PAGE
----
-Martin Luther King, Jr.

Sermon at Dexter Avenue Baptist Church, Montgomery, Alabama on November 17, 1957

Cool Quote of the Day: “Tied in a single garment of destiny”

Occupy Caravan vigil at Martin Luther King, Jr. Memorial

Injustice anywhere is a threat to justice everywhere. We are caught in an inescapable network of mutuality, tied in a single garment of destiny. Whatever affects one directly, affects all indirectly.

-Martin Luther King, Jr.

Awake for a great revolution

There are all too many people who, in some great period of social change, fail to achieve the new mental outlooks that the new situation demands. There is nothing more tragic than to sleep through a revolution. There can be no gainsaying of the fact that a great revolution is taking place in our world today. It is a social revolution, sweeping away the old order of colonialism. And in our own nation it is sweeping away the old order of slavery and racial segregation. The wind of change is blowing, and we see in our day and our age a significant development. Victor Hugo said on one occasion that there is nothing more powerful in all the world than an idea whose time has come. In a real sense, the idea whose time has come today is the idea of freedom and human dignity. Wherever men are assembled today, the cry is always the same, “We want to be free.” And so we see in our own world a revolution of rising expectations. The great challenge facing every individual graduating today is to remain awake through this social revolution.

-Martin Luther King, Jr., Commencement address for Oberlin College, 1965

 

Cool Quote of the Day

Before being in jail, it was hard for me to understand what Martin Luther King, Jr. and Gandhi meant when they said that prisons are the temples of freedom. It’s clear that they can do many things to your body and try to oppress you and use psychological violence. But there’s something so strong inside each of us, the human spirit, that they can not reach. They can put you in shackles and cold cement cells, and feed you horrible food, and put you in solitary confinement, but there’s no way that they can reach the human spirit. That was powerful—to find once again that that part is sacred.

– Pancho Ramos-Stierle, who was arrested while meditating during the police raid on Occupy Oakland on Nov. 14, 2011

Pitching a Tent of Dreams

When I arrived at McPherson Square that Monday afternoon, all I could think was, “Good god, what have they done? Are they crazy?” Yes, I knew instantly that the DC Occupiers were crazy in a daring and stupid way. At the same time a giddy, elated feeling arose in me, and I also knew that they were crazy in a bold and beautiful way. The Tent of Dreams was already casting a spell on me.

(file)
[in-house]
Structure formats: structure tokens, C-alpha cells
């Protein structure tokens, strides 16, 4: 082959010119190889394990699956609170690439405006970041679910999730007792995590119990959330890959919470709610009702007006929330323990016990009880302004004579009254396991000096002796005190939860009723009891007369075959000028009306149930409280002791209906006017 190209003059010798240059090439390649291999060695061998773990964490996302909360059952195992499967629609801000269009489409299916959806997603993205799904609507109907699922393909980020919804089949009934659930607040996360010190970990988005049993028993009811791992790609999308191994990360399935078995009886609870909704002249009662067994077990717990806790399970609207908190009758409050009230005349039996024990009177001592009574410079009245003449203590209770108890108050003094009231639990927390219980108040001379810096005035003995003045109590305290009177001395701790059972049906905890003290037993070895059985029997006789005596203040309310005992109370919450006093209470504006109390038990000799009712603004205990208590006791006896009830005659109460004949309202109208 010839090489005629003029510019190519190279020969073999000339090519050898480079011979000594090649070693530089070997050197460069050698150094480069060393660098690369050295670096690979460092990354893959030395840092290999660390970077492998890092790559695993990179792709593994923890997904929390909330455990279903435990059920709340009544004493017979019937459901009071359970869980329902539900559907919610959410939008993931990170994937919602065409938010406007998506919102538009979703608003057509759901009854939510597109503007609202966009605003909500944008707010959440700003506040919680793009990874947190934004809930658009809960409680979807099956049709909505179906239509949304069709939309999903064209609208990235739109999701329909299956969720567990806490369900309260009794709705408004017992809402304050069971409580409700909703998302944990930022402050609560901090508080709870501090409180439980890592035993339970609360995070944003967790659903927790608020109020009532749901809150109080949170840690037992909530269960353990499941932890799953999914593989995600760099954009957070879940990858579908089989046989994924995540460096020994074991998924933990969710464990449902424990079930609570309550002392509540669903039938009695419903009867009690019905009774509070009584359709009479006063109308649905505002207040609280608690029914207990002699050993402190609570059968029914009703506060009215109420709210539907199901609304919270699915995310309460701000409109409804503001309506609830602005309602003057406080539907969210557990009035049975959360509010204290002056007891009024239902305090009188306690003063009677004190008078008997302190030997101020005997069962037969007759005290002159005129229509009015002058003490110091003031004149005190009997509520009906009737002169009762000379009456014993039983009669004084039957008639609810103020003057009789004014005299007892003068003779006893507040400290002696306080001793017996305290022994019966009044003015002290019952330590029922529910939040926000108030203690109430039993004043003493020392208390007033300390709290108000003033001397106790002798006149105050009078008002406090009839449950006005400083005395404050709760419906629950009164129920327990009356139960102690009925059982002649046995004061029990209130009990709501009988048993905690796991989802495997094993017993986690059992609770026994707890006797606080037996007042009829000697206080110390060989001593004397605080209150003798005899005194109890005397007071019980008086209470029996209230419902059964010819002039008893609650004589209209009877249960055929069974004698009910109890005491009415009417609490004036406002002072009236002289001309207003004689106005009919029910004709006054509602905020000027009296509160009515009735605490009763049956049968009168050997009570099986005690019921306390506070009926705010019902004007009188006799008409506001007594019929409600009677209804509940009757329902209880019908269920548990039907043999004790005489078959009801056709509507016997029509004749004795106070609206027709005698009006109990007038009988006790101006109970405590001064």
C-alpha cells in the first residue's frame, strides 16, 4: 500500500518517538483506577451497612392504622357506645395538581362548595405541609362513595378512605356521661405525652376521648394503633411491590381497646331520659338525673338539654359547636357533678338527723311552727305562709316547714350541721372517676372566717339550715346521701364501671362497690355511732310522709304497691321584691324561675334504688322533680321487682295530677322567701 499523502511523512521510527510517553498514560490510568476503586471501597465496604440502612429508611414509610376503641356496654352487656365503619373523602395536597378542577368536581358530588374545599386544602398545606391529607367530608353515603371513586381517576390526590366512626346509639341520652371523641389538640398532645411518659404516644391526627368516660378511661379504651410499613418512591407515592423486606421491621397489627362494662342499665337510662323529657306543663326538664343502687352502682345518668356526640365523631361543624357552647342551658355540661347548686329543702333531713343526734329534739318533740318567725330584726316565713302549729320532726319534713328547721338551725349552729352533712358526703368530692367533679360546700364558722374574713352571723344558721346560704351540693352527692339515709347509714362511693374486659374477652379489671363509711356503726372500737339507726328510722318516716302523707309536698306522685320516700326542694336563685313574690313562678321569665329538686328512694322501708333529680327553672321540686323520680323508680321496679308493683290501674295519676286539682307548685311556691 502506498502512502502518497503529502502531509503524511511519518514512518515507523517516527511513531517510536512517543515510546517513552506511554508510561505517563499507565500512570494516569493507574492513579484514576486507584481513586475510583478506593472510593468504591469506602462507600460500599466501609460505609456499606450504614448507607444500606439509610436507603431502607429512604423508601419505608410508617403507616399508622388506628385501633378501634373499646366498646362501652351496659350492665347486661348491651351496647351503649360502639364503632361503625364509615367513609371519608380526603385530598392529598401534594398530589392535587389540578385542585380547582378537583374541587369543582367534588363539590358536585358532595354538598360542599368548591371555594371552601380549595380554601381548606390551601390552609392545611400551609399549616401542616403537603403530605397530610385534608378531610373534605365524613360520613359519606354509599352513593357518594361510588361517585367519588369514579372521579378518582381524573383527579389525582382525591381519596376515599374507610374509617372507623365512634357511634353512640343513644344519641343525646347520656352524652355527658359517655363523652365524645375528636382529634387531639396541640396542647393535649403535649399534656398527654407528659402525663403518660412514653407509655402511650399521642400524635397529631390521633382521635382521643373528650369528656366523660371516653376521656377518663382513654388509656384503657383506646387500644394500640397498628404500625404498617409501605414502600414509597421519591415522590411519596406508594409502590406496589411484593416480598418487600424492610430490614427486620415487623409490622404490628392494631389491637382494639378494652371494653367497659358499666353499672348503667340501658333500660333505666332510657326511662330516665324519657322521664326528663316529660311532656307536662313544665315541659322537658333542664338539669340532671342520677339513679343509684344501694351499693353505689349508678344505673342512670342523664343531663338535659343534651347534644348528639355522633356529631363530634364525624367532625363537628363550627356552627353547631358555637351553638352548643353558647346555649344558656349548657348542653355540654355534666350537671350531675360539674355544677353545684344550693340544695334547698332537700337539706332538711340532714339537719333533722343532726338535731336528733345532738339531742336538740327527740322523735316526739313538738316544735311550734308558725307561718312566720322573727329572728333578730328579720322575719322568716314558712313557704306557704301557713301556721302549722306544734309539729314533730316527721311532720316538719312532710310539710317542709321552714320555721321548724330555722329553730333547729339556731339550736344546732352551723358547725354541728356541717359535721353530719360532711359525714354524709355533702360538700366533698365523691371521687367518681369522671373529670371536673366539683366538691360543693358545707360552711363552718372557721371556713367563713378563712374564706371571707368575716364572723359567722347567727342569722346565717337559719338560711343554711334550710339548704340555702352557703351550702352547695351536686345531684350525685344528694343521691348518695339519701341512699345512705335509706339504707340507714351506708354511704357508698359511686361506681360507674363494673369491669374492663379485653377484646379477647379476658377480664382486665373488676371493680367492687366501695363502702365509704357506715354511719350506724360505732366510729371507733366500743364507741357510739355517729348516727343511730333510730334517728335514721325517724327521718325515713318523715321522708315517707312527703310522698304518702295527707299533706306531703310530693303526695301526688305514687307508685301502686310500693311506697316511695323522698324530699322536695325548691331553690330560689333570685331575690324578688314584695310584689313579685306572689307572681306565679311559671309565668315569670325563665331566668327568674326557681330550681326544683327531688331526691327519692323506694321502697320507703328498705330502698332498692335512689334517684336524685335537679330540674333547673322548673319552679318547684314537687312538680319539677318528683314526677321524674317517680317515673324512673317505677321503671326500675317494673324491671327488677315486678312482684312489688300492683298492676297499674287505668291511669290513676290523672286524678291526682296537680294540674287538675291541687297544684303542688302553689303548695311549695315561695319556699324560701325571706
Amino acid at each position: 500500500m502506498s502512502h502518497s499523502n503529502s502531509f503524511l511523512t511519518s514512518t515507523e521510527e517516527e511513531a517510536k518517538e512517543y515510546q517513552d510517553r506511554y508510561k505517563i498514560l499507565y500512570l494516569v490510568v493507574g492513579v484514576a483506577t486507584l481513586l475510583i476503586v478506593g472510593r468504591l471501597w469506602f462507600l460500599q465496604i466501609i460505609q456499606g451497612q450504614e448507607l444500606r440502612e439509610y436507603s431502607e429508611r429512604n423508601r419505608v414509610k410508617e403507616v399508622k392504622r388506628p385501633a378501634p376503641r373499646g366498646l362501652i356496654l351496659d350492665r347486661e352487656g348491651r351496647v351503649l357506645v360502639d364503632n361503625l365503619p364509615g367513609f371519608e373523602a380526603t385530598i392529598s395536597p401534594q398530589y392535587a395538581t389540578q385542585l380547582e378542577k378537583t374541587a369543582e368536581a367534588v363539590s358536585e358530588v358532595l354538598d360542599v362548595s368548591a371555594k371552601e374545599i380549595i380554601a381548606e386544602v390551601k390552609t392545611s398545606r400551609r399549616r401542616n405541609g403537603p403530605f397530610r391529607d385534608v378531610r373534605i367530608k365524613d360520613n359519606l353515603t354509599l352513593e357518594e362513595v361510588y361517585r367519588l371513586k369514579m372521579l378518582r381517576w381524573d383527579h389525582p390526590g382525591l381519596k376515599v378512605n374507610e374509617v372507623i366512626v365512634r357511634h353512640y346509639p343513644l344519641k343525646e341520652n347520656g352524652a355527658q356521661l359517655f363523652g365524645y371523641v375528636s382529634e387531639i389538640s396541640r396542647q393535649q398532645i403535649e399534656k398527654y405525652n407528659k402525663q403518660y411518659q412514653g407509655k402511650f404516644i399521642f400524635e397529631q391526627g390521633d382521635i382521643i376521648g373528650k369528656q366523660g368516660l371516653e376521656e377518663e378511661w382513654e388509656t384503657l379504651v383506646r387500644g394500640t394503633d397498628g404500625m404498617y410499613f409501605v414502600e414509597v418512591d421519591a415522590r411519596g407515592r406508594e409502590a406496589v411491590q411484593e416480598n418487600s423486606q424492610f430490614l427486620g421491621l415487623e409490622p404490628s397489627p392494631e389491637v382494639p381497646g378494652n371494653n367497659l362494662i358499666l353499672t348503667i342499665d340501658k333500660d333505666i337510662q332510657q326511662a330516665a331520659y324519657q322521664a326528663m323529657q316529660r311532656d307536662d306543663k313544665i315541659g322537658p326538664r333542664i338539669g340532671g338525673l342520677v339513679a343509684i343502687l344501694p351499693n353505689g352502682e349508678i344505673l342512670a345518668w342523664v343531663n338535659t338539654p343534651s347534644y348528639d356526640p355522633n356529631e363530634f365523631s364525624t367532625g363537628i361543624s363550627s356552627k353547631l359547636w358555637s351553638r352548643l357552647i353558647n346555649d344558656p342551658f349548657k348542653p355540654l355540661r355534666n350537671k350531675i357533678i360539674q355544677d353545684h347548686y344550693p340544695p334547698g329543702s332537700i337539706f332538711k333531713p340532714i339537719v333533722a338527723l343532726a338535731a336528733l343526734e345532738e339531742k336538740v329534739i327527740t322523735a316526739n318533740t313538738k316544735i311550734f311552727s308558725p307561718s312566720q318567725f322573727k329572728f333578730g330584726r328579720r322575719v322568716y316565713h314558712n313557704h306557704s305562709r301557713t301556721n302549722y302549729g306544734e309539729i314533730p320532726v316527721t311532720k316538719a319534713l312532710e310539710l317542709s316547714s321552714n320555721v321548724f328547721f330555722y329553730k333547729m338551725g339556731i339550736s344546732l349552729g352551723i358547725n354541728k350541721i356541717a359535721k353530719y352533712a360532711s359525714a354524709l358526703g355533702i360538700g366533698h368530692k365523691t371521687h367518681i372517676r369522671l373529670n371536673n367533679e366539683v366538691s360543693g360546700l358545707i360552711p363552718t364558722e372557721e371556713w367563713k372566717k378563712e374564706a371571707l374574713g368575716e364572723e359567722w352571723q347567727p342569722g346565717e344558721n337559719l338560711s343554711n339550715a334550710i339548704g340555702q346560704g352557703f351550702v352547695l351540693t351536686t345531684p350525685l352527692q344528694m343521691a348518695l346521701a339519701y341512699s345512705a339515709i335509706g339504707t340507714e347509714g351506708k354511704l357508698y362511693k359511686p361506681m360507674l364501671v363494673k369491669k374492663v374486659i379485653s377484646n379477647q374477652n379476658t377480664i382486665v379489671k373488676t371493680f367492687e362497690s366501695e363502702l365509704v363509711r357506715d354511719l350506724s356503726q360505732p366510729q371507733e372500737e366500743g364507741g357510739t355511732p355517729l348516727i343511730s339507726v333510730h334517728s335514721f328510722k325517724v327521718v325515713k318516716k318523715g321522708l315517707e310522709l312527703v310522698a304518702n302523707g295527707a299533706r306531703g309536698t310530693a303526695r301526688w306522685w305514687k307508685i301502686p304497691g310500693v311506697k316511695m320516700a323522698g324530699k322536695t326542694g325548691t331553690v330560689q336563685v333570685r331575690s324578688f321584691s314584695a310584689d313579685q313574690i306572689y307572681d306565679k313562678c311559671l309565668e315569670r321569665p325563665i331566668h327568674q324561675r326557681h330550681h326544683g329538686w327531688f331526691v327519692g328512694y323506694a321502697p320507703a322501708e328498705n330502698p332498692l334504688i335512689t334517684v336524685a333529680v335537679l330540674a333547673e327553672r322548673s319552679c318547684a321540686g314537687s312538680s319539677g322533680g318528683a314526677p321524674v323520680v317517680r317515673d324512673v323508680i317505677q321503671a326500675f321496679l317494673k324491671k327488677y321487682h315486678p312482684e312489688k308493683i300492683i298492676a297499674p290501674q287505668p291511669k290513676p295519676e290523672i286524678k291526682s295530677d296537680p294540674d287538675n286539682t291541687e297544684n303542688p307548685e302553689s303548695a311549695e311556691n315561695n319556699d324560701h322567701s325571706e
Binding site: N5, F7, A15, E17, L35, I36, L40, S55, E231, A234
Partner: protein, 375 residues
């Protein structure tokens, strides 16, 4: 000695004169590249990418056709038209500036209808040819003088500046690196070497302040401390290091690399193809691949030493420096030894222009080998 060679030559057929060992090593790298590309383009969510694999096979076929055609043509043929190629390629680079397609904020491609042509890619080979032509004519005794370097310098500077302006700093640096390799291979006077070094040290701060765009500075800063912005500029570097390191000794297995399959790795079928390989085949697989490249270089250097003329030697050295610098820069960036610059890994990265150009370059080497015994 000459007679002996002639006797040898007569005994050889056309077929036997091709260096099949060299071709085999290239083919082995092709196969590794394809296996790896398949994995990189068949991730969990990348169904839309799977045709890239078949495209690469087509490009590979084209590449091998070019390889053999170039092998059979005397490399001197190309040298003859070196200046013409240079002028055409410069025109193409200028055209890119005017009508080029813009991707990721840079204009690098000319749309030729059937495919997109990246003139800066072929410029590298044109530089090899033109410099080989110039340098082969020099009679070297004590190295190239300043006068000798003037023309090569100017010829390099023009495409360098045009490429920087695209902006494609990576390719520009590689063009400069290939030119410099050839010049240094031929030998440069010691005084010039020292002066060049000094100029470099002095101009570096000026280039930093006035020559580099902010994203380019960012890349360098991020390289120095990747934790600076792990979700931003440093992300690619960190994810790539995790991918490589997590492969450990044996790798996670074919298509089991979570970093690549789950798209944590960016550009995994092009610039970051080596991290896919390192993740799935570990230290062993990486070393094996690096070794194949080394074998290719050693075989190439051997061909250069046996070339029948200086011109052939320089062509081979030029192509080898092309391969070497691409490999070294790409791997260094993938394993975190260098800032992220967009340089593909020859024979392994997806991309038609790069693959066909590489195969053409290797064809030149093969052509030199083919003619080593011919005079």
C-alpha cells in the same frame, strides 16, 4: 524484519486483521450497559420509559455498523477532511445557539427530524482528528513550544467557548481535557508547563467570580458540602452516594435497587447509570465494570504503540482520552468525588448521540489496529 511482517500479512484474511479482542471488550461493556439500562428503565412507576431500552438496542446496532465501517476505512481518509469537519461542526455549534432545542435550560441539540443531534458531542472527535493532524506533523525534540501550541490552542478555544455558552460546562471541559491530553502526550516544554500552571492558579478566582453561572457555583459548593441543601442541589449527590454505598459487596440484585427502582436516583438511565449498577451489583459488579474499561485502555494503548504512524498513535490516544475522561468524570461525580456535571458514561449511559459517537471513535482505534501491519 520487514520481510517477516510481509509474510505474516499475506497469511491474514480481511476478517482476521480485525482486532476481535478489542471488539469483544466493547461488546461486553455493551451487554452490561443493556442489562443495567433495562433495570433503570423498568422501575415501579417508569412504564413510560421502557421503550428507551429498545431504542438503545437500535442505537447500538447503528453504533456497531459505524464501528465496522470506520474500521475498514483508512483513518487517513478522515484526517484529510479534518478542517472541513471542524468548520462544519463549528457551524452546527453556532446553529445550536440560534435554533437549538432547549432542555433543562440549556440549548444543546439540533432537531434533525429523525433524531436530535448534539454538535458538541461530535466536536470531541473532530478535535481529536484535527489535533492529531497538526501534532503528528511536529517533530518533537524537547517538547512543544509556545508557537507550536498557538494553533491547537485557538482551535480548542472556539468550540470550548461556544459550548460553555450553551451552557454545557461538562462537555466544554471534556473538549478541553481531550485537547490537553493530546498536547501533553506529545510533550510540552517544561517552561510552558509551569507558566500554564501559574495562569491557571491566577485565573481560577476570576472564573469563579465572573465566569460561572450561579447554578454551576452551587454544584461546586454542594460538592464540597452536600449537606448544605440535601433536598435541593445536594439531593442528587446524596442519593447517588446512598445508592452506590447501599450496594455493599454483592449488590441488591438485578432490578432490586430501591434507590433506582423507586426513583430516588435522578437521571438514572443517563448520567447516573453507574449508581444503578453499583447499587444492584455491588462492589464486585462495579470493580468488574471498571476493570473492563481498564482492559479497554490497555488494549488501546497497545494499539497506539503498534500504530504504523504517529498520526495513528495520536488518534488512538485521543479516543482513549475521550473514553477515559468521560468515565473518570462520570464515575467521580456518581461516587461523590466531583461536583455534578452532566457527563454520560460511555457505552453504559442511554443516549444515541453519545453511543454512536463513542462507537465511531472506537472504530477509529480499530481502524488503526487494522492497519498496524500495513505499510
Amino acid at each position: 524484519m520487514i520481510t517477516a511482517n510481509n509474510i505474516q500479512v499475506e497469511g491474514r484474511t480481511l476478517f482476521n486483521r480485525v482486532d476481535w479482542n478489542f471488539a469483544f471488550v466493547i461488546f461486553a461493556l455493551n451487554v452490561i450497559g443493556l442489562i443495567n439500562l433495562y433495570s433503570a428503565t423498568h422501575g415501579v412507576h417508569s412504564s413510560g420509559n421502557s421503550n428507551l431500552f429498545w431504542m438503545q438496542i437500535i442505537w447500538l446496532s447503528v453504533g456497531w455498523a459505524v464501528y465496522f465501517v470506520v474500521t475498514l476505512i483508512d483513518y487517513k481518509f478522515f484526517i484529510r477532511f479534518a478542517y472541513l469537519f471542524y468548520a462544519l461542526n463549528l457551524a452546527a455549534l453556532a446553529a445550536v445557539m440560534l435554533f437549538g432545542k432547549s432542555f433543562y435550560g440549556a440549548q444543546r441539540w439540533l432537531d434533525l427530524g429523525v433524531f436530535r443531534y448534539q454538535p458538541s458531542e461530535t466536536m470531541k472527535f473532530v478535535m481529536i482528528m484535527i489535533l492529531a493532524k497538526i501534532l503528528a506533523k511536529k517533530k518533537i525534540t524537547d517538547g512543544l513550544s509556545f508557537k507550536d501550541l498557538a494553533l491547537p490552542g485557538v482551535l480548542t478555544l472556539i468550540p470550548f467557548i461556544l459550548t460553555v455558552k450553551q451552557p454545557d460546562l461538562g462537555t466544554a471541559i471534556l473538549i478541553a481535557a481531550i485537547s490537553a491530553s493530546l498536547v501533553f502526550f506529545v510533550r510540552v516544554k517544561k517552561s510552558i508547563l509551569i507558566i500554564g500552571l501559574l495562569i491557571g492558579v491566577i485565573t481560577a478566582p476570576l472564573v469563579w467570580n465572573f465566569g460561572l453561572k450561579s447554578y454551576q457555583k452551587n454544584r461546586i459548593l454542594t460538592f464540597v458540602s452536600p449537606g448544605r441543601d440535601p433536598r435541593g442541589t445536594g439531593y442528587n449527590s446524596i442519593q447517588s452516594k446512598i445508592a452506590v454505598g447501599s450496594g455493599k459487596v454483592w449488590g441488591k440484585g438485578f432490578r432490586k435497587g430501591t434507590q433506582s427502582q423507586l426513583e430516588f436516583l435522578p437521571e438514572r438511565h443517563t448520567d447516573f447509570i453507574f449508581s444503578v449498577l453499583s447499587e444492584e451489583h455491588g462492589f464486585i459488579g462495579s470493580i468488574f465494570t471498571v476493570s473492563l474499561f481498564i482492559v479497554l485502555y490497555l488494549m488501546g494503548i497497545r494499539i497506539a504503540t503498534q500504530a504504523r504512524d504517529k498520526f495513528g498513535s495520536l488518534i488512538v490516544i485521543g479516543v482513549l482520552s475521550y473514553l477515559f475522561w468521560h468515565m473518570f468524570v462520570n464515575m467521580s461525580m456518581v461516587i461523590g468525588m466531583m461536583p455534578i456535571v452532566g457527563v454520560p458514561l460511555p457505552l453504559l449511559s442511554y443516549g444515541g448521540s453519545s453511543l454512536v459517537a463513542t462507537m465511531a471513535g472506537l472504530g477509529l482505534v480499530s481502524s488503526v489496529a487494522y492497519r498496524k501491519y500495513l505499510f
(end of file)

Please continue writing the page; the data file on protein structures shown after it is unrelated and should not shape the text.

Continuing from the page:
We all knew that weekend that Occupy DC was under grave threat, particularly McPherson Square, which didn’t have a permit like its sister protest at Freedom Plaza. Following the hearing of the House Oversight Committee the previous week and under political pressure, the National Park Service announced that it was going to enforce its “no camping” regulations. Park police officers posted flyers at the camps making clear that enforcement would go into effect at noon on Monday.

Tension was high. No one knew exactly how this would play out, whether the Park Service had found a way to gradually kick Occupiers out by giving them citations and barring them from returning, or if this was the harbinger of a Zuccotti Park or Oakland-style eviction. It seemed like everyone anticipated a paramilitary police invasion promptly at the stroke of noon, although that scenario was unlikely to say the least. A call went out for all Occupy DC supporters to come to McPherson at midday–ready, it was assumed, to defend the Square.

A blaze of blue rose up from the center of the park. A huge tarp draped the statue of the General, except it was no longer Lee McPherson straddling the fiery steed high above our heads, it was Guy Fawkes. The tarp was painted with yellow and white stars, figures and slogans, and large letters spelled out “Tent of Dreams.” Occupiers defiantly stationed themselves at the base of the statue under the tarp. “Oh, shit,” I thought. “They’re toast.”

This deed surpassed even the erection of the OccuBarn on December 4, something that I eventually concluded was misguided and poorly executed, putting the camp in unnecessary jeopardy. The modular, wooden structure was intended to shelter General Assemblies and other meetings and symbolically to highlight the problem of foreclosure and homelessness. McPherson Occupiers seemed not to know that the US Park Police would come down on them like a ton of bricks–which they did as soon as morning light broke.